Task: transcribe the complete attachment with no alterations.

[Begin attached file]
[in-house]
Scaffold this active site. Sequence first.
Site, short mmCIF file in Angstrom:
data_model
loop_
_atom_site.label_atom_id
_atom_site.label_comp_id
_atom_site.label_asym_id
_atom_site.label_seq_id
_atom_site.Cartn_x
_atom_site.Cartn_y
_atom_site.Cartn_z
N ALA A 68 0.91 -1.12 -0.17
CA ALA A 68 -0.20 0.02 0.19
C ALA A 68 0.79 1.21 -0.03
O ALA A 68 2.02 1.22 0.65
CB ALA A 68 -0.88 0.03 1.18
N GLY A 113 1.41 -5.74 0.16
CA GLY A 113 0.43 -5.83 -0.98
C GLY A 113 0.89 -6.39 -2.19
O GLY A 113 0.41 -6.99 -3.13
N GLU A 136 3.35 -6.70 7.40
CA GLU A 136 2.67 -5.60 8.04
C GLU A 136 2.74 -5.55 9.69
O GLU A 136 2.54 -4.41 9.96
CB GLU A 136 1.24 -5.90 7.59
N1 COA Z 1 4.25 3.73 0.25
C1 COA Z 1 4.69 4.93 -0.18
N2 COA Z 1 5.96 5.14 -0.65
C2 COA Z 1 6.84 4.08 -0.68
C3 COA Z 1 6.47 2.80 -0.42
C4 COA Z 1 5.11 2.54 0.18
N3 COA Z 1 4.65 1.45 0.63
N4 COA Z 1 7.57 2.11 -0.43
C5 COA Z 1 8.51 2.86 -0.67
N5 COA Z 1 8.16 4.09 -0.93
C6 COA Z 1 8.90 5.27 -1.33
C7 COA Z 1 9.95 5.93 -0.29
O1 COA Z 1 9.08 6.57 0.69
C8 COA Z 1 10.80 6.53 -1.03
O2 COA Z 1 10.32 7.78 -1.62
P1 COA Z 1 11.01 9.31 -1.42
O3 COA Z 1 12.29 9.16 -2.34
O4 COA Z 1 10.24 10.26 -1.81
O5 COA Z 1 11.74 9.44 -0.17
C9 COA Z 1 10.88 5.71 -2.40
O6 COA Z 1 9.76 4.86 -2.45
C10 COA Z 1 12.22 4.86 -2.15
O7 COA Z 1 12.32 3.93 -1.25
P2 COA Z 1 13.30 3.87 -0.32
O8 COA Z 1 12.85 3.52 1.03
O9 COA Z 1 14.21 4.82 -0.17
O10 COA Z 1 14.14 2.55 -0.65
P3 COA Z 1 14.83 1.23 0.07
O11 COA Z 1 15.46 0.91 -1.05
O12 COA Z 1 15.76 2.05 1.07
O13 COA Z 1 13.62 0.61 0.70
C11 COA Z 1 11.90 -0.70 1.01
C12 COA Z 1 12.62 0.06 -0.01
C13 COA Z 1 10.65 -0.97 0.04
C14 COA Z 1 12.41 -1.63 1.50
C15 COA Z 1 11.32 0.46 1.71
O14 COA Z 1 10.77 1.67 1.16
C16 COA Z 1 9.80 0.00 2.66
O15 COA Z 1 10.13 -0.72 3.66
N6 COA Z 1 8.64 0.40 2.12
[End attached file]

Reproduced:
[in-house]
Scaffold this active site. Sequence first.
Site, short mmCIF file in Angstrom:
data_model
loop_
_atom_site.label_atom_id
_atom_site.label_comp_id
_atom_site.label_asym_id
_atom_site.label_seq_id
_atom_site.Cartn_x
_atom_site.Cartn_y
_atom_site.Cartn_z
N ALA A 68 0.91 -1.12 -0.17
CA ALA A 68 -0.20 0.02 0.19
C ALA A 68 0.79 1.21 -0.03
O ALA A 68 2.02 1.22 0.65
CB ALA A 68 -0.88 0.03 1.18
N GLY A 113 1.41 -5.74 0.16
CA GLY A 113 0.43 -5.83 -0.98
C GLY A 113 0.89 -6.39 -2.19
O GLY A 113 0.41 -6.99 -3.13
N GLU A 136 3.35 -6.70 7.40
CA GLU A 136 2.67 -5.60 8.04
C GLU A 136 2.74 -5.55 9.69
O GLU A 136 2.54 -4.41 9.96
CB GLU A 136 1.24 -5.90 7.59
N1 COA Z 1 4.25 3.73 0.25
C1 COA Z 1 4.69 4.93 -0.18
N2 COA Z 1 5.96 5.14 -0.65
C2 COA Z 1 6.84 4.08 -0.68
C3 COA Z 1 6.47 2.80 -0.42
C4 COA Z 1 5.11 2.54 0.18
N3 COA Z 1 4.65 1.45 0.63
N4 COA Z 1 7.57 2.11 -0.43
C5 COA Z 1 8.51 2.86 -0.67
N5 COA Z 1 8.16 4.09 -0.93
C6 COA Z 1 8.90 5.27 -1.33
C7 COA Z 1 9.95 5.93 -0.29
O1 COA Z 1 9.08 6.57 0.69
C8 COA Z 1 10.80 6.53 -1.03
O2 COA Z 1 10.32 7.78 -1.62
P1 COA Z 1 11.01 9.31 -1.42
O3 COA Z 1 12.29 9.16 -2.34
O4 COA Z 1 10.24 10.26 -1.81
O5 COA Z 1 11.74 9.44 -0.17
C9 COA Z 1 10.88 5.71 -2.40
O6 COA Z 1 9.76 4.86 -2.45
C10 COA Z 1 12.22 4.86 -2.15
O7 COA Z 1 12.32 3.93 -1.25
P2 COA Z 1 13.30 3.87 -0.32
O8 COA Z 1 12.85 3.52 1.03
O9 COA Z 1 14.21 4.82 -0.17
O10 COA Z 1 14.14 2.55 -0.65
P3 COA Z 1 14.83 1.23 0.07
O11 COA Z 1 15.46 0.91 -1.05
O12 COA Z 1 15.76 2.05 1.07
O13 COA Z 1 13.62 0.61 0.70
C11 COA Z 1 11.90 -0.70 1.01
C12 COA Z 1 12.62 0.06 -0.01
C13 COA Z 1 10.65 -0.97 0.04
C14 COA Z 1 12.41 -1.63 1.50
C15 COA Z 1 11.32 0.46 1.71
O14 COA Z 1 10.77 1.67 1.16
C16 COA Z 1 9.80 0.00 2.66
O15 COA Z 1 10.13 -0.72 3.66
N6 COA Z 1 8.64 0.40 2.12